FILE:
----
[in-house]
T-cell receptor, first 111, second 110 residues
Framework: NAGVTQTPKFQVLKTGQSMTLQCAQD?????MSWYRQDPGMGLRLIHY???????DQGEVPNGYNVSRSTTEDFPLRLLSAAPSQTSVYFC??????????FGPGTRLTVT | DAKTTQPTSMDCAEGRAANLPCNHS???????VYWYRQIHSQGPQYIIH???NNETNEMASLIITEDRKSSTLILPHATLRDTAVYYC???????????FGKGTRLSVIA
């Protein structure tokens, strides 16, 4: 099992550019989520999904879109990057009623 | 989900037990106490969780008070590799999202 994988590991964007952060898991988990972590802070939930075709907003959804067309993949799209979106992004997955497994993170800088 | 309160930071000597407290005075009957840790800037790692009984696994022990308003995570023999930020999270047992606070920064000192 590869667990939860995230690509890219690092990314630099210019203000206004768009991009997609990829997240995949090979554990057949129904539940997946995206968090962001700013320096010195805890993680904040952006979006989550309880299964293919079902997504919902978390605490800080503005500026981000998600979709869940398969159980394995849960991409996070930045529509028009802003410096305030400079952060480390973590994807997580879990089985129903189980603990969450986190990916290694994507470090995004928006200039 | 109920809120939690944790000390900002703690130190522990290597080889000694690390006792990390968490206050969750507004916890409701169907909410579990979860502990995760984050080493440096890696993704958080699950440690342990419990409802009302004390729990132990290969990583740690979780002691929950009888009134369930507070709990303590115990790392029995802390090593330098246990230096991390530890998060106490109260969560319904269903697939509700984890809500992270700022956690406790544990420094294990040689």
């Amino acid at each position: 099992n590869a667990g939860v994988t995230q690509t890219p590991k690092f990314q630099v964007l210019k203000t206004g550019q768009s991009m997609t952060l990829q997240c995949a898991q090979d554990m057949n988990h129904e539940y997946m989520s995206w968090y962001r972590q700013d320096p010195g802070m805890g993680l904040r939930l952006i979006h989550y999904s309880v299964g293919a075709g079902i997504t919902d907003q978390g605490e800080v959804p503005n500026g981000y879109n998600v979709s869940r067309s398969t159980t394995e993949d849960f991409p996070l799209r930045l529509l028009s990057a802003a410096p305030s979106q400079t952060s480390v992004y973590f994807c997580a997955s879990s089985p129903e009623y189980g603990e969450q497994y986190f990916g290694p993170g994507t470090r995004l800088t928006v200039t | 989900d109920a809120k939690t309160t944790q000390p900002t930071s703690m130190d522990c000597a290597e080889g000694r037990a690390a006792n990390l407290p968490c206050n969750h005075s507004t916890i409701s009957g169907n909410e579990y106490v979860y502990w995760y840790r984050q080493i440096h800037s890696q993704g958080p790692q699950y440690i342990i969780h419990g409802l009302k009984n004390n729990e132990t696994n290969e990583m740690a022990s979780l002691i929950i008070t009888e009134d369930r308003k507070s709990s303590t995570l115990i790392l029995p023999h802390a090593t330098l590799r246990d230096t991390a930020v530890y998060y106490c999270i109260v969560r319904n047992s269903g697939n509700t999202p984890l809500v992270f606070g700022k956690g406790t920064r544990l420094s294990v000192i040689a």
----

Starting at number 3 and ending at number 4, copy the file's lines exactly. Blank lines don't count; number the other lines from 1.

Framework: NAGVTQTPKFQVLKTGQSMTLQCAQD?????MSWYRQDPGMGLRLIHY???????DQGEVPNGYNVSRSTTEDFPLRLLSAAPSQTSVYFC??????????FGPGTRLTVT | DAKTTQPTSMDCAEGRAANLPCNHS???????VYWYRQIHSQGPQYIIH???NNETNEMASLIITEDRKSSTLILPHATLRDTAVYYC???????????FGKGTRLSVIA
């Protein structure tokens, strides 16, 4: 099992550019989520999904879109990057009623 | 989900037990106490969780008070590799999202 994988590991964007952060898991988990972590802070939930075709907003959804067309993949799209979106992004997955497994993170800088 | 309160930071000597407290005075009957840790800037790692009984696994022990308003995570023999930020999270047992606070920064000192 590869667990939860995230690509890219690092990314630099210019203000206004768009991009997609990829997240995949090979554990057949129904539940997946995206968090962001700013320096010195805890993680904040952006979006989550309880299964293919079902997504919902978390605490800080503005500026981000998600979709869940398969159980394995849960991409996070930045529509028009802003410096305030400079952060480390973590994807997580879990089985129903189980603990969450986190990916290694994507470090995004928006200039 | 109920809120939690944790000390900002703690130190522990290597080889000694690390006792990390968490206050969750507004916890409701169907909410579990979860502990995760984050080493440096890696993704958080699950440690342990419990409802009302004390729990132990290969990583740690979780002691929950009888009134369930507070709990303590115990790392029995802390090593330098246990230096991390530890998060106490109260969560319904269903697939509700984890809500992270700022956690406790544990420094294990040689």